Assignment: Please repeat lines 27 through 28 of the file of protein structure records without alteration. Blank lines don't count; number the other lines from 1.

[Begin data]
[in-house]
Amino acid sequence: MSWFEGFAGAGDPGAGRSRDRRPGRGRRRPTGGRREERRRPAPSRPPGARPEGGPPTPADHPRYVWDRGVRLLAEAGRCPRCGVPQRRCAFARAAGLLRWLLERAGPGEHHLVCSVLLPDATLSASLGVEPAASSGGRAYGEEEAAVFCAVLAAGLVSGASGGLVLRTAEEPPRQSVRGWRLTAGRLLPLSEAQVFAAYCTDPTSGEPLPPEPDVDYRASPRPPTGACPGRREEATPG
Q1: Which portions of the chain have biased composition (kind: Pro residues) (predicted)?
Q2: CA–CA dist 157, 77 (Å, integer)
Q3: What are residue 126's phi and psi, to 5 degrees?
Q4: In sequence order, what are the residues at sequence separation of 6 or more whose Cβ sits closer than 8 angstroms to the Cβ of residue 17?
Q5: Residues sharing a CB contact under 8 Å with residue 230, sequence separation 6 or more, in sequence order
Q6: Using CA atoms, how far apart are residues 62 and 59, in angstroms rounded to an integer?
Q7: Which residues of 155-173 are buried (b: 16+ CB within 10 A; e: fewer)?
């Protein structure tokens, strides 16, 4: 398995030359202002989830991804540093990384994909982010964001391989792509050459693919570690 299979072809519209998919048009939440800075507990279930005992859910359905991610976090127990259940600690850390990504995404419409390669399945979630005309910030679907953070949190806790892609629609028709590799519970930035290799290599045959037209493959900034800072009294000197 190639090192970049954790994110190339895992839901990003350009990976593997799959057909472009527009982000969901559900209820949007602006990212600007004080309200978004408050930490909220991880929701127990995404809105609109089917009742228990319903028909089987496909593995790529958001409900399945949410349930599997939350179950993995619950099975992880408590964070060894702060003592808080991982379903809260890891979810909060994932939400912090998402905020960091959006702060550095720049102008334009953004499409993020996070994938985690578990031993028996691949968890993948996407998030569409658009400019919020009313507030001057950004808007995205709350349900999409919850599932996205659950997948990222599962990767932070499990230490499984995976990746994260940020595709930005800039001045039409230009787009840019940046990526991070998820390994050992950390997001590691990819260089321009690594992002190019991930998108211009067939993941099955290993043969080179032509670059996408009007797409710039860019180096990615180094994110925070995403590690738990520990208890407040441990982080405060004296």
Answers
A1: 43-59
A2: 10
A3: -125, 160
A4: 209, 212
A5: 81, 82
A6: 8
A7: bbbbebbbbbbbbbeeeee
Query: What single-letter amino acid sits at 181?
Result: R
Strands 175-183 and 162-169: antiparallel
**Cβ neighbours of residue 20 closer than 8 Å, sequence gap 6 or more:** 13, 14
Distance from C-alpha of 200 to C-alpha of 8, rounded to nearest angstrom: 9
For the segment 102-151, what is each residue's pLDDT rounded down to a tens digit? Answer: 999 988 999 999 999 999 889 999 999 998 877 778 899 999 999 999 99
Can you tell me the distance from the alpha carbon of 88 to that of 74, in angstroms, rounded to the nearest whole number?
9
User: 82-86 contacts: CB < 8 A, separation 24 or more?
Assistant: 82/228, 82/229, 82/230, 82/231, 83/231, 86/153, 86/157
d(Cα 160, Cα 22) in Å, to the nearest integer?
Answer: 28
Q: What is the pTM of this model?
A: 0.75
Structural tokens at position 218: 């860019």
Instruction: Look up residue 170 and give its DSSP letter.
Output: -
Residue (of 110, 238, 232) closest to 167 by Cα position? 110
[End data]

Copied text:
User: 82-86 contacts: CB < 8 A, separation 24 or more?
Assistant: 82/228, 82/229, 82/230, 82/231, 83/231, 86/153, 86/157